At its best, this game is absolute chaos. I keep thinking of my first fight with Rathalos, the apex wyvern of the Ancient Forest. Fighting him alone seemed like the normal monster hunter fare. I began by cutting off his tail, got my combos down, stunned him and everything else you’re supposed to do as a great sword wielding behemoth.

Then, as he runs from area to area, I now have Tobi-Kadachi jumping into the fight, stopping my combos, electrocuting me as I’m trying to go for Rathalos. I finally get him alone again, just to have Anjanath start ripping through our fight. On top of that, I start getting the countdown with 10 minutes left.

I frantically keep running away from other monsters, chasing Rathalos down, until we get to the final fighting area with the five minute marker across the screen. I go all out during his final stretch and he breaks a dam to send water rushing down. I took him down with two minutes remaining, but I was on edge most of the past hour. You do get a sense of accomplishment for going through these long battles and coming out victorious.

I do wish we had more opportunity to join forces with some of the story characters. Later in the game, you meet the Admiral, who is this beast of a dude. He helps you unlock the final area of the game and points you in the direction of a certain demonic looking, will crushing and controller throwing dragon. When we agree to meet there to go off and fight him, he kind of just goes, okay well, good luck! Though it would take away from the challenge of a 1 vs. 1 fight, it would have broken up the formula and created more unique encounters in working together with other hunters.


Couldn’t resist matching the alien space suit set.

Game Depth

The forging and skill systems have a surprising amount of depth. One of the pitfalls that inhabit games like Diablo III is that if you are limited on what equipment you can wear if you want to be the best and most efficient you can be for your class. This largely involves wearing six set pieces on your character. If a set that you want to wear ha six pieces and you can wear ten pieces of armor in total, the variety in equipment spirals downward and you’re seemingly forced to choose similar builds as thousands of other players out there.

Monster Hunter World handles this very differently. Yes, a lot of the more rare sets have set bonuses for multiple pieces of equipment. The difference is that within these set requirements, you can tailor skills within those pieces of equipment with items called decorations, introduced later into the game. Going even further, augmentations are introduced as well to increase your equipment abilities.

Earlier in the game, I saw myself being very limited to the pieces of armor I would wear because I wanted certain items bonuses. If I wanted the max level of Quick Sheath for example, there was really only three pieces of equipment with this bonus, so I wore a mish mash of armor to get the bonus. Now, with decorations, and higher level armor sets offering multiple levels of a skill, I feel like endless possibilities and combinations have opened up for me.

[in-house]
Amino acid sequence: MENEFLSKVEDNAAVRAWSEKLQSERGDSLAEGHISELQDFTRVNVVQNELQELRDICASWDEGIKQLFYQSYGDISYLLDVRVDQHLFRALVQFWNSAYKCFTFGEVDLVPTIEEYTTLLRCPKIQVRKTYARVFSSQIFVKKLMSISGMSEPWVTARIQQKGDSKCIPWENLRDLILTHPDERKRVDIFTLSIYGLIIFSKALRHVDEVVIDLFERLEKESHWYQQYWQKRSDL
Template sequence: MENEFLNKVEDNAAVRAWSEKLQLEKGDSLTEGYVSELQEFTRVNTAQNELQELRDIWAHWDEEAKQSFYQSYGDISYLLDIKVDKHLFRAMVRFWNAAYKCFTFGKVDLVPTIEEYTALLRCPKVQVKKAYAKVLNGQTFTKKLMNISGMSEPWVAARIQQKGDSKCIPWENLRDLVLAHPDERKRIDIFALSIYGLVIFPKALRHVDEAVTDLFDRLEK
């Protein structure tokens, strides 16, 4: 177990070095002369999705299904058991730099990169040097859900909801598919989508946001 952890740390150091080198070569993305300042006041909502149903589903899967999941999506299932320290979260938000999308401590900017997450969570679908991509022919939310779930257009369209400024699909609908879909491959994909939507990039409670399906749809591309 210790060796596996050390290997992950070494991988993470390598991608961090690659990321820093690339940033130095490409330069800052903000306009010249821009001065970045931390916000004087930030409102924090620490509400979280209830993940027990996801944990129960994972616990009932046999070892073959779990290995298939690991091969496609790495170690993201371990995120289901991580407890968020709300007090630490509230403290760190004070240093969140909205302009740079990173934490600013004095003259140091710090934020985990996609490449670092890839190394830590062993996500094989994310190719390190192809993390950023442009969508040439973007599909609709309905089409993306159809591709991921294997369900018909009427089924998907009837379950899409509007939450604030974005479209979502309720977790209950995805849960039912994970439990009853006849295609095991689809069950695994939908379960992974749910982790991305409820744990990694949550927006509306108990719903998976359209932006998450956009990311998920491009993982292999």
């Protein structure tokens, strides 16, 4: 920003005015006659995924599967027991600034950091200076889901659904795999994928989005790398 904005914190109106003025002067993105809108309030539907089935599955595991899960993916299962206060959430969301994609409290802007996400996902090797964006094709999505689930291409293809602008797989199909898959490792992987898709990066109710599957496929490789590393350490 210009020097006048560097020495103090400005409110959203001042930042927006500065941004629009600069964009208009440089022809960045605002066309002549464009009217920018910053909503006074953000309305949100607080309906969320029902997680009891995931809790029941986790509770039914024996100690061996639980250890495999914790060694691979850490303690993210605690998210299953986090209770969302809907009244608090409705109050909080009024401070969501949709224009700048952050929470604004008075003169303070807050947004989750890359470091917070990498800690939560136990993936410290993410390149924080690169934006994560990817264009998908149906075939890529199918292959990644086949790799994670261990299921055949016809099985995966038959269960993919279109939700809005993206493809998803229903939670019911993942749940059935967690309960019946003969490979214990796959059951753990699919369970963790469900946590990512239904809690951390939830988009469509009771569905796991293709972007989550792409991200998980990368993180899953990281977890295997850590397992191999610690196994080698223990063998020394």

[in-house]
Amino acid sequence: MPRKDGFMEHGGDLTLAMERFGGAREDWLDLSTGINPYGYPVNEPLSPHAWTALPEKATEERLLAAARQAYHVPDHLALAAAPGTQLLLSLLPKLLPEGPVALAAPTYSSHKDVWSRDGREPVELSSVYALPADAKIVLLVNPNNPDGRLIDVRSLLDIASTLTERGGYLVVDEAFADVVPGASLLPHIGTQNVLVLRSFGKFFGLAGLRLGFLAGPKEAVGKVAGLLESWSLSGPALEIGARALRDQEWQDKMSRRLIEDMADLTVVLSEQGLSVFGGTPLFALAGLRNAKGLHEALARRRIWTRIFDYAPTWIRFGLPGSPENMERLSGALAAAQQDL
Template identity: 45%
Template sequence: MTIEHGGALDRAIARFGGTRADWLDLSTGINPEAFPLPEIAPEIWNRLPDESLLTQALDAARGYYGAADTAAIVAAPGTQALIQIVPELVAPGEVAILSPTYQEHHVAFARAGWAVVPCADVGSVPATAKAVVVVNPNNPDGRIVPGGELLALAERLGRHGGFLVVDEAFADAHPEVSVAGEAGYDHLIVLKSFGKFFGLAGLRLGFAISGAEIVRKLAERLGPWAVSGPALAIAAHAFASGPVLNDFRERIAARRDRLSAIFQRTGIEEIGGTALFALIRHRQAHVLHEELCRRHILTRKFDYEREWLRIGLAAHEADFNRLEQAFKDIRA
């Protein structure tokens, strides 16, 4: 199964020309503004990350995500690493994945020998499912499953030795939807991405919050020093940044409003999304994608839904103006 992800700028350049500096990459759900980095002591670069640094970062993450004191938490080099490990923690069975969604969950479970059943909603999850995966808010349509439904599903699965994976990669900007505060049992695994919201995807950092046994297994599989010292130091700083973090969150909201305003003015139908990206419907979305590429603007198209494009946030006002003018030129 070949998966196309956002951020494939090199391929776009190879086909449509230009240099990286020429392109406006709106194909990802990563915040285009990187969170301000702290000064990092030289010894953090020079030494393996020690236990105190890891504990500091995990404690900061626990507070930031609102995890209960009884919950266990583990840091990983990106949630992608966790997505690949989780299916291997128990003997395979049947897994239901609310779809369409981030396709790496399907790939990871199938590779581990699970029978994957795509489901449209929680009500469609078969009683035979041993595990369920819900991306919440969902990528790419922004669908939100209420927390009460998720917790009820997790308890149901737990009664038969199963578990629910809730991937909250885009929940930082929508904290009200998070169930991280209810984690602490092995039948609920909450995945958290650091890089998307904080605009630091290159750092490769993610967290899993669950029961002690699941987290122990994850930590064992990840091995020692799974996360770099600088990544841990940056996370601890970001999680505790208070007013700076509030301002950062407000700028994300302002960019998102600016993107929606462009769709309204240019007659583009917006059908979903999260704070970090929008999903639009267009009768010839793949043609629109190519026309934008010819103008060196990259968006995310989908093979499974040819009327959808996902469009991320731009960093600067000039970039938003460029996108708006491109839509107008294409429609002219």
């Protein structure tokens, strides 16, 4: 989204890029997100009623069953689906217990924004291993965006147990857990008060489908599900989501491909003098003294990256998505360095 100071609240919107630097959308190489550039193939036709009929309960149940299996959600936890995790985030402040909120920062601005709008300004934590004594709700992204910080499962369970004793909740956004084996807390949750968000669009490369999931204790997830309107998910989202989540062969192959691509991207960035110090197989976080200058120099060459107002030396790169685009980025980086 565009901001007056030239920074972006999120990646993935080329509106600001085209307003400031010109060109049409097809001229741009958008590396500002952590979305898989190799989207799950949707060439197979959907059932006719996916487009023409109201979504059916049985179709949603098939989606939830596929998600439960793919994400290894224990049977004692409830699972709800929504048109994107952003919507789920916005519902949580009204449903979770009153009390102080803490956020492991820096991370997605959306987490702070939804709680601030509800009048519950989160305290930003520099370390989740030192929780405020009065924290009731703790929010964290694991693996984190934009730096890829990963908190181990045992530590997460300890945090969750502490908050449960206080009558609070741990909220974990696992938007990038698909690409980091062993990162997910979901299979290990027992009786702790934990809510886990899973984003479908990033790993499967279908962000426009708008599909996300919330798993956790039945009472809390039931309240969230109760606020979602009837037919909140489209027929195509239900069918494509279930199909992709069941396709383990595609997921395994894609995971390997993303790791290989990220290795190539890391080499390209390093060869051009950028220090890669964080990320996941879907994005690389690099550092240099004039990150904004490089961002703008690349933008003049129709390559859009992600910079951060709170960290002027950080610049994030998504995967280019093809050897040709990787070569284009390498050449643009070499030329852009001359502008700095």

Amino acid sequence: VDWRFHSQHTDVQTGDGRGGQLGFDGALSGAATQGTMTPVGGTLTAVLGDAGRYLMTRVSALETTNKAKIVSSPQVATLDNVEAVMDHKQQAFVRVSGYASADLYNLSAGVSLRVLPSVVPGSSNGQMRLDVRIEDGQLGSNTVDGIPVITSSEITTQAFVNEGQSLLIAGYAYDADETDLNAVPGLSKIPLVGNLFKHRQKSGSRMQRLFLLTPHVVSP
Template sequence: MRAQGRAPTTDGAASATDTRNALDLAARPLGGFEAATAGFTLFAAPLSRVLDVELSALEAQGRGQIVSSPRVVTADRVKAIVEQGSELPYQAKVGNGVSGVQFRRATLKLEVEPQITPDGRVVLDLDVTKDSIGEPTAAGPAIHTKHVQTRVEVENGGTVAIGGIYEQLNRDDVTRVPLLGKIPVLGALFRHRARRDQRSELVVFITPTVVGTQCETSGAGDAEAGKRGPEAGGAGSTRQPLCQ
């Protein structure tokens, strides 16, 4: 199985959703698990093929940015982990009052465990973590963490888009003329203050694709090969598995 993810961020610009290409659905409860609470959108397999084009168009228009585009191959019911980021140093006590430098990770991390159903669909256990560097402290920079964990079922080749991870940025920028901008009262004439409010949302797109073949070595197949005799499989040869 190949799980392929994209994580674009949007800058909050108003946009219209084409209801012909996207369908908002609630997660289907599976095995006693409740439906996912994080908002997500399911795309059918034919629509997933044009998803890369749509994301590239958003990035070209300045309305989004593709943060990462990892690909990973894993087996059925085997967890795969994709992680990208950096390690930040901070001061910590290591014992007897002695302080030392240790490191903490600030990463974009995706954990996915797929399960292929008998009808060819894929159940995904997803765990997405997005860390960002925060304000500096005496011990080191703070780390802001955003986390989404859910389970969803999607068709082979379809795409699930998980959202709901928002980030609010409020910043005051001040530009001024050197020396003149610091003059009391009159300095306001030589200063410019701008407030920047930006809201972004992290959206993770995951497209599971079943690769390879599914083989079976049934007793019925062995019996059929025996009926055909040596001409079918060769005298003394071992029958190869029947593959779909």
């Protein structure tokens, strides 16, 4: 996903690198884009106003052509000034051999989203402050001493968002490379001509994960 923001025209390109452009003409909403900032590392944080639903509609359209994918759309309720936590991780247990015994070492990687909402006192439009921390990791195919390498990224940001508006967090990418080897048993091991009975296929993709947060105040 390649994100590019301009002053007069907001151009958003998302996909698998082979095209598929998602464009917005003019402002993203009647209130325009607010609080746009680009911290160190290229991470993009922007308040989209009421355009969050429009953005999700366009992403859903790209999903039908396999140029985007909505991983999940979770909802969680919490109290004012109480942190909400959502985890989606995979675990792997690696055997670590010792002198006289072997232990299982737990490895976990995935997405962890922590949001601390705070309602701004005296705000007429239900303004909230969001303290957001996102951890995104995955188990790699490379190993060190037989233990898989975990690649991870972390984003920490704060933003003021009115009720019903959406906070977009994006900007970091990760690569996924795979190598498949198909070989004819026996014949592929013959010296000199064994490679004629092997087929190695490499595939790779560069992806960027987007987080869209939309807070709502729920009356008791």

This is what you want in the end game for this type of game. Let players customize their experience based on how they want to play. We’re offered 14 different weapon types with various attack power, attack speeds and utilization. With how customizable the skill system is, you can play the game differently with new setups and builds for a very long time.


Diablos turf war.

Jolly Cooperation

When it comes to multiplayer, there’s a bit to be desired. I find joining up with others fun enough, and it definitely adds to that chaotic feeling that I enjoy so much about the game, but its current implementation isn’t enough to keep me interested.

When the game was first released, Capcom was having server and connection issues which started everything off on the wrong foot for me. Attempts to play in groups turned into multiple experiences of me sitting around and staring at loading screens for near ten minutes at a time. It was common for me to join a group, prepare and load into the quest area just to be disconnected from the group a few seconds after joining. This would lead me back to Astera with another load screen to repeat the process.

Since these issues seemed to resolve, I’ve put in another 15 or so hours into multiplayer and the experience has been a lot smoother. There’s just something so ridiculously fun about trying to hunt a Rathalos, just to have a Rathian and Bazelgeuse fly into the same area with four players hacking away. I would also say this is the best way to try and get specific items for gear you’re trying to make, as it takes away some of the monotony (looking at you 22 Rathalos kills for that stupid gem).


Waiting for the next fight to load.

Final Thoughts

For this being my first Monster Hunter experience, I’m impressed. Towards the beginning of the game I was worried. The combat seemed clunky and slow, Astera felt largely empty and the game progression seemed shallow. Instead, you’ll master your chosen weapon type and work around its strengths and weaknesses, Astera fills out with story progression and I don’t need to repeat myself on how deep the game gets with dozens of armor sets, skills, weapon trees, decorations and augmentations.

I do feel as if the pacing is off when it comes to story. There’s a point to where the main story seems to end, but you continue on. Looking back, I feel that the game goes into a sort of New Game+ mode instead of jumping into the second half of the game.

Overall, Monster Hunter World is a satisfying and fun experience. It excels where it needs to with the monster hunting and customization of equipment and weapons. Although this is my first Monster Hunter game, it’s reasonable to assume it won’t be the last.

Happy hunting!